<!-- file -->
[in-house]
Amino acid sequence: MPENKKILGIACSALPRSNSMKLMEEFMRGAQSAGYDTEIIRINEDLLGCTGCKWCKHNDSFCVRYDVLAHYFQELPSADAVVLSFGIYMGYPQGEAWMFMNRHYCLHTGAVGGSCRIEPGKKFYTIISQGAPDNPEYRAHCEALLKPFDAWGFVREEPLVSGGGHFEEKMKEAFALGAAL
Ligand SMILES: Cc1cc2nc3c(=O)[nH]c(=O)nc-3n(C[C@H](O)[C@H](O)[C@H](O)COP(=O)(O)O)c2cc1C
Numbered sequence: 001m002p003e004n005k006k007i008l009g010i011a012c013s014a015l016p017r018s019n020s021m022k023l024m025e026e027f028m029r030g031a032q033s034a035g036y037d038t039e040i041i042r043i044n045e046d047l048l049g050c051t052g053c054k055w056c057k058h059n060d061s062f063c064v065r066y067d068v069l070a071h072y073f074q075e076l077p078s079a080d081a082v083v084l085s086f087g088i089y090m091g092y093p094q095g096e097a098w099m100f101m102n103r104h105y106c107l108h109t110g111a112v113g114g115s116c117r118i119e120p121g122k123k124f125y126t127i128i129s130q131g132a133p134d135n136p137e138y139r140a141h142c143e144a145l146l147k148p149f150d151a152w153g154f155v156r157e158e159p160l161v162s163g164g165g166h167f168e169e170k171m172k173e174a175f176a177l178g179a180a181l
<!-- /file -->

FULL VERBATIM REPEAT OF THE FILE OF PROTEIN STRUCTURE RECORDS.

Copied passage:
[in-house]
Amino acid sequence: MPENKKILGIACSALPRSNSMKLMEEFMRGAQSAGYDTEIIRINEDLLGCTGCKWCKHNDSFCVRYDVLAHYFQELPSADAVVLSFGIYMGYPQGEAWMFMNRHYCLHTGAVGGSCRIEPGKKFYTIISQGAPDNPEYRAHCEALLKPFDAWGFVREEPLVSGGGHFEEKMKEAFALGAAL
Ligand SMILES: Cc1cc2nc3c(=O)[nH]c(=O)nc-3n(C[C@H](O)[C@H](O)[C@H](O)COP(=O)(O)O)c2cc1C
Numbered sequence: 001m002p003e004n005k006k007i008l009g010i011a012c013s014a015l016p017r018s019n020s021m022k023l024m025e026e027f028m029r030g031a032q033s034a035g036y037d038t039e040i041i042r043i044n045e046d047l048l049g050c051t052g053c054k055w056c057k058h059n060d061s062f063c064v065r066y067d068v069l070a071h072y073f074q075e076l077p078s079a080d081a082v083v084l085s086f087g088i089y090m091g092y093p094q095g096e097a098w099m100f101m102n103r104h105y106c107l108h109t110g111a112v113g114g115s116c117r118i119e120p121g122k123k124f125y126t127i128i129s130q131g132a133p134d135n136p137e138y139r140a141h142c143e144a145l146l147k148p149f150d151a152w153g154f155v156r157e158e159p160l161v162s163g164g165g166h167f168e169e170k171m172k173e174a175f176a177l178g179a180a181l